Jeremy Tambling, Hölderlin and the Poetry of Tragedy: Readings in Sophocles, Shakespeare, Nietzsche and Benjamin. Brighton, Chicago and Toronto: Sussex Academic Press, 2014. Pp. 310. £65 (hb). £27.50 (pb). ISBN 9781845195878.

To scholars of British Romanticism, Hölderlin tends to fall between the cracks: unknown to the big guns of nineteenth-century Anglophone literature, he was also slow to attain reputation in Germany. It is primarily because of their influence on Nietzsche, Benjamin, and Heidegger that Hölderlin's writings have garnered later critical attention. Tambling is mindful of these figures in this study of Hölderlin's interpretations of tragedy, and of his poetry, which often explores ideas from drama. This is an ambitious monograph that aims to retrieve Hölderlin for the Anglophone reader via generous quotation, translation, and critical analysis, and also draws on Heidegger's and Benjamin's thought to assert the importance of Hölderlin's work amidst philosophies of tragedy more widely.

Tambling's introductory analysis of Hölderlin's poetry is sensitive to the ideas at play. There are useful cross references here to give the newcomer a sense of Hölderlin's voice. Tambling invokes Wordsworth to explain Hölderlin's intimation of the potential crisis implicit in the space between a spot of time and its recollection in verse (4); invokes Derrida, in contemplation of the contradictory association of a river - both divider and constituent of landscape - simultaneously with the violent centaur and the servile Ganymede (7); and Hopkins, in analysis of fire's duality as force of destruction and supportive ether (9). A Romanticist might wish for more substantial reference to other Romantic writers as context. For example, Tambling analyses Brecht's reflections on epic theatre - in which Brecht refers to '"caesuras", as if quoting Hölderlin' (25) - as evidence of direct influence, but with no acknowledgement of relevant theories of dramatic illusion in Fichte or Coleridge. Doubtless Tambling has chosen to contend for Hölderlin's importance by emphasis on his inheritors rather than contemporaries, but the sense of Hölderlin's originality and influence is tacitly exaggerated because of these lacunae. In later passages, by contrast, there is attention to Hegel's reading of Antigone, and Schelling's fatalism.

The disruptive devices of caesura and parataxis - central to this study - correspond to Hölderlin's insanity, which Tambling does not romanticise. Hölderlin's interest in tragedy is revelatory: his madness can be communicated by reference to the analogous undoing of Orestes and Pentheus; his own poetry is dense with allusions to psychosis in classical literature. Tambling cites the rage of Achilles to communicate the sense of loss in Hölderlin's anger, the proximity of 'grievance' to 'grief' (50). Sophocles' Ajax laments - not rages - for not being awarded the late Achilles' armour, and is driven finally to suicide. In Hölderlin's poem 'Mnemosyne', such lack of composure is a failure, which leads to the loss of memory, and with it the possibility of grief. Tambling says that Benjamin 'continues the process' by theorising an impersonal melancholy at the heart of trauerspiel, wary that loss of the capacity to mourn entails a modern prevalence of 'signs without meaning' (57); madness writ large as a civilisation that cannot communicate.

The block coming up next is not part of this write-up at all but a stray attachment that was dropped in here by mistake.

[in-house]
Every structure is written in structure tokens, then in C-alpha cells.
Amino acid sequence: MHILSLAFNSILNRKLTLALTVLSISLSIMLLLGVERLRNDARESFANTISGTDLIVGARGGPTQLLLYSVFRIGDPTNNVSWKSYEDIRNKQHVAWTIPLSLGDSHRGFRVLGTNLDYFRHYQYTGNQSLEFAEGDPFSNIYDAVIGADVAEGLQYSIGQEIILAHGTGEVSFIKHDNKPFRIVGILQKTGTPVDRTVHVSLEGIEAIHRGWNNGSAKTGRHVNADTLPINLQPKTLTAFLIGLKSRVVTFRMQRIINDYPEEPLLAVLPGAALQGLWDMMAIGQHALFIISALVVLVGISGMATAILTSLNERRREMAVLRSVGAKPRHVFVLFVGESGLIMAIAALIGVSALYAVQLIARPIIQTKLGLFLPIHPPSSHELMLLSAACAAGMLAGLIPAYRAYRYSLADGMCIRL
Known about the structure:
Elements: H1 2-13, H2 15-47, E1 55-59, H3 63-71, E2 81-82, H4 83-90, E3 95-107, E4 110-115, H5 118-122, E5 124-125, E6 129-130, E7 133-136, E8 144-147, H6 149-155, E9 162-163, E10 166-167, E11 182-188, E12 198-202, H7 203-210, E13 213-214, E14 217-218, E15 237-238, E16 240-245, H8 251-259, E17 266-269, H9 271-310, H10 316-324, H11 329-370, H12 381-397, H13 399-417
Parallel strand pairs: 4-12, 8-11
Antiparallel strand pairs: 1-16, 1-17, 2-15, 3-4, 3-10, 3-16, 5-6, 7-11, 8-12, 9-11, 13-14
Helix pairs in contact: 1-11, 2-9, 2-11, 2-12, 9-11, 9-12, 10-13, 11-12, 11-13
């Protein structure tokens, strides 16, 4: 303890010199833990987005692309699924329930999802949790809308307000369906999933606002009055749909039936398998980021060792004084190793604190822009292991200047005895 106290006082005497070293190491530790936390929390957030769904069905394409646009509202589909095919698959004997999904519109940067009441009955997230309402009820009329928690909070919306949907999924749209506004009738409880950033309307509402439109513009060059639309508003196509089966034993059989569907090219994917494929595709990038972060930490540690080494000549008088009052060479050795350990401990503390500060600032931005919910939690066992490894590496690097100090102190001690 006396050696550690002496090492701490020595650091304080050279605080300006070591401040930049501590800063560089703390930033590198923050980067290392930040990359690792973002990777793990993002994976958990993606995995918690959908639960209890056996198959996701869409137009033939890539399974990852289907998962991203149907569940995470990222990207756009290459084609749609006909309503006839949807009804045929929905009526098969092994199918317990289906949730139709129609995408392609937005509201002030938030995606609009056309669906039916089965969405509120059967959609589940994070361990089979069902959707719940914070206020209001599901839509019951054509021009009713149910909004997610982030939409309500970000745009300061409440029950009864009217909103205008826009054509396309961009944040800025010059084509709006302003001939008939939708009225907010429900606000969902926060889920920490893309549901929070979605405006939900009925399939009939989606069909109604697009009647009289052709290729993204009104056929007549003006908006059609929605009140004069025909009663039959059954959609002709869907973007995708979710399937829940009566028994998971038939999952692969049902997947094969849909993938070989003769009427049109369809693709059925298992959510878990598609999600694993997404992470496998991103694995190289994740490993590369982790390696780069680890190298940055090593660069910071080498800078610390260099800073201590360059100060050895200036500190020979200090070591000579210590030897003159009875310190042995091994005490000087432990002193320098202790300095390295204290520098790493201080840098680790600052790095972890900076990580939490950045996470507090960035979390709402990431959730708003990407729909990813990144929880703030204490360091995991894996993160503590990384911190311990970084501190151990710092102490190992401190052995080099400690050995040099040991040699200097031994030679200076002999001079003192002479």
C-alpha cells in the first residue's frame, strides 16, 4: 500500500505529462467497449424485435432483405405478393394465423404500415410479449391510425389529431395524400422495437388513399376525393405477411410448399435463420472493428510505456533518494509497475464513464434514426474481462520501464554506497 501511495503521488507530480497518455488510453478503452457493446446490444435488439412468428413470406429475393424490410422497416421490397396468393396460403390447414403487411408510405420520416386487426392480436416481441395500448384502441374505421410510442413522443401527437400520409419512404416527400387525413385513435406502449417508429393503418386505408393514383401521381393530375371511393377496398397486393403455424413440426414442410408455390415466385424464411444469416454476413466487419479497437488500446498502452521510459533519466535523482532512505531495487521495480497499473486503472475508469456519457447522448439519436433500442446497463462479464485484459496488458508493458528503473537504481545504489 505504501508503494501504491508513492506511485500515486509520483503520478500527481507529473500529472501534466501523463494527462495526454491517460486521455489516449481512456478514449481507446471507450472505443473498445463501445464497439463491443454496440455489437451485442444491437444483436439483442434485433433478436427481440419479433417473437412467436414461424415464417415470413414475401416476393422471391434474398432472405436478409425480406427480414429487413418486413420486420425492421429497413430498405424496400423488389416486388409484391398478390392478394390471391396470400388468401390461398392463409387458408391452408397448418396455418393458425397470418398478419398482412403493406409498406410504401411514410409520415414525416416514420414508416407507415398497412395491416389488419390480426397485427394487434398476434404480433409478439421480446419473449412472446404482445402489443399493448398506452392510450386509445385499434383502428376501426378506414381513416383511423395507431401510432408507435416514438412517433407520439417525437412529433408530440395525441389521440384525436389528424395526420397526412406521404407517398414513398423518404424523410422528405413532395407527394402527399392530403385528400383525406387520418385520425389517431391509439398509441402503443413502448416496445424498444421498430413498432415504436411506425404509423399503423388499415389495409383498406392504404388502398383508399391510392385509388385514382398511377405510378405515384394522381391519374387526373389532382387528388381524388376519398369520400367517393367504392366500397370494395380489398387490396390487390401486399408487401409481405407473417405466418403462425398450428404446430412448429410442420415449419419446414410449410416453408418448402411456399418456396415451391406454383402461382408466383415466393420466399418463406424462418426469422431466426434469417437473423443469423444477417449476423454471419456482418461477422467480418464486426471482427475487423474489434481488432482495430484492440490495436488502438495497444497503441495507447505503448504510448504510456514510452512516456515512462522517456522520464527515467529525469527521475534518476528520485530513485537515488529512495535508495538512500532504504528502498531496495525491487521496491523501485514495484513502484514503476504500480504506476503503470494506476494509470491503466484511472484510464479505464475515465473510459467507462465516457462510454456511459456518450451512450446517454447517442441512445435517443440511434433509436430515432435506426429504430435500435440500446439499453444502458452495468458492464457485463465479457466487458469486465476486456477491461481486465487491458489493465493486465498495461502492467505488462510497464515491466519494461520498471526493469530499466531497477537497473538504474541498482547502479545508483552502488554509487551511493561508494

Some readers might reasonably turn pale at Tambling's poststructuralist approach. Undoubtedly Hölderlin can be interpreted by that method. For example, his implication that sorrow is the best condition in which to poeticise joy invites reinvestigation of the relationship between supposed opposites (58). But this may not be the most effective critical method to contend for Hölderlin's importance per se, a stated goal of the monograph. Tambling proceeds systematically through Hölderlin's works, but the argumentative substance feels as though he is ticking off a checklist of Foucauldian and Derridean concepts, whose aggregate persuasiveness will depend on one's commitment to that body of theory. Considerably long sections adopt poststructuralist perspectives, and consult modern commentators to assess tragedy as a genre, but do not mention Hölderlin at all.

The book is at its best where it focuses on what Hölderlin does with tragedy, particularly in his translations - which he theorises as 'free imitation' (158) - and explicit commentary on the genre. Hölderlin's version of Oedipus Tyrannus anticipates Freud: the king wonders whether his dream might have killed Polybus, and Jocasta speculates that dreams of incest are common (121). Antigone claims kinship with Zeus, and Creon is an innate rather than an incidental blasphemer; yet Antigone's recognition of 'lawlessness' to the gods 'makes her the Antitheos' (167-71). These are radical departures from Sophocles' texts, demonstrating Hölderlin's own psychological interpretation of the genre. At the heart of his conception of tragedy is the union of humanity and gods, which necessitates wrathful purgation. Tambling notes that such 'psychodrama' is 'Shakespeare-like' (198). There is political vision to Hölderlin's view that modernity lacks a sense of fate; his proposed solution is not to repeat Greek tragedy, but for new literary forms to uncover a national destiny.

Chris Murray, Durham University


  • There are currently no refbacks.